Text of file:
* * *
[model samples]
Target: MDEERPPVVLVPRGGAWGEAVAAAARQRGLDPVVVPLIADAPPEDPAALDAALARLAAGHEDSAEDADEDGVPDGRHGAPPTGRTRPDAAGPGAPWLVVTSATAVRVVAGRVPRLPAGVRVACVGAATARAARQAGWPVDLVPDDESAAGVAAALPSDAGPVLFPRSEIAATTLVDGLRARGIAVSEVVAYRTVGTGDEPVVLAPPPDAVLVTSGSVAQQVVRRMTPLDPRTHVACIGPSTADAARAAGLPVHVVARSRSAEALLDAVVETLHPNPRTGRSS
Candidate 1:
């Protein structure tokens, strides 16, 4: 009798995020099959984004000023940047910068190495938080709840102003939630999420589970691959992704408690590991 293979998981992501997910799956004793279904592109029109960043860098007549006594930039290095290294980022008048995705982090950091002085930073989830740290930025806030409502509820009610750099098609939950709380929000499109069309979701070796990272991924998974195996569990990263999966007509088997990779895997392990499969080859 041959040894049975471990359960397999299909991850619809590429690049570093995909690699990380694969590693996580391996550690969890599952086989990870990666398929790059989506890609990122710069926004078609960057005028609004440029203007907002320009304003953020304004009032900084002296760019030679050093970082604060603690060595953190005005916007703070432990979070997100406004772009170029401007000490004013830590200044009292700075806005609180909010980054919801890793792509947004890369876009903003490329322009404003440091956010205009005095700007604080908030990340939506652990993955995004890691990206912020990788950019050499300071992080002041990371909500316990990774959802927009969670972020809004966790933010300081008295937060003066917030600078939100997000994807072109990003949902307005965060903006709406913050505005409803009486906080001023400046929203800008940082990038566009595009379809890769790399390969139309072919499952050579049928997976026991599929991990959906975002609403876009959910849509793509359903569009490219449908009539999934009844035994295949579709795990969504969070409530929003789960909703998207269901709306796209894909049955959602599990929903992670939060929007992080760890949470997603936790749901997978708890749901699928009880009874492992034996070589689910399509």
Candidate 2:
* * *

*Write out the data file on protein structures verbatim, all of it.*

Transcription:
[model samples]
Target: MDEERPPVVLVPRGGAWGEAVAAAARQRGLDPVVVPLIADAPPEDPAALDAALARLAAGHEDSAEDADEDGVPDGRHGAPPTGRTRPDAAGPGAPWLVVTSATAVRVVAGRVPRLPAGVRVACVGAATARAARQAGWPVDLVPDDESAAGVAAALPSDAGPVLFPRSEIAATTLVDGLRARGIAVSEVVAYRTVGTGDEPVVLAPPPDAVLVTSGSVAQQVVRRMTPLDPRTHVACIGPSTADAARAAGLPVHVVARSRSAEALLDAVVETLHPNPRTGRSS
Candidate 1:
């Protein structure tokens, strides 16, 4: 009798995020099959984004000023940047910068190495938080709840102003939630999420589970691959992704408690590991 293979998981992501997910799956004793279904592109029109960043860098007549006594930039290095290294980022008048995705982090950091002085930073989830740290930025806030409502509820009610750099098609939950709380929000499109069309979701070796990272991924998974195996569990990263999966007509088997990779895997392990499969080859 041959040894049975471990359960397999299909991850619809590429690049570093995909690699990380694969590693996580391996550690969890599952086989990870990666398929790059989506890609990122710069926004078609960057005028609004440029203007907002320009304003953020304004009032900084002296760019030679050093970082604060603690060595953190005005916007703070432990979070997100406004772009170029401007000490004013830590200044009292700075806005609180909010980054919801890793792509947004890369876009903003490329322009404003440091956010205009005095700007604080908030990340939506652990993955995004890691990206912020990788950019050499300071992080002041990371909500316990990774959802927009969670972020809004966790933010300081008295937060003066917030600078939100997000994807072109990003949902307005965060903006709406913050505005409803009486906080001023400046929203800008940082990038566009595009379809890769790399390969139309072919499952050579049928997976026991599929991990959906975002609403876009959910849509793509359903569009490219449908009539999934009844035994295949579709795990969504969070409530929003789960909703998207269901709306796209894909049955959602599990929903992670939060929007992080760890949470997603936790749901997978708890749901699928009880009874492992034996070589689910399509």
Candidate 2: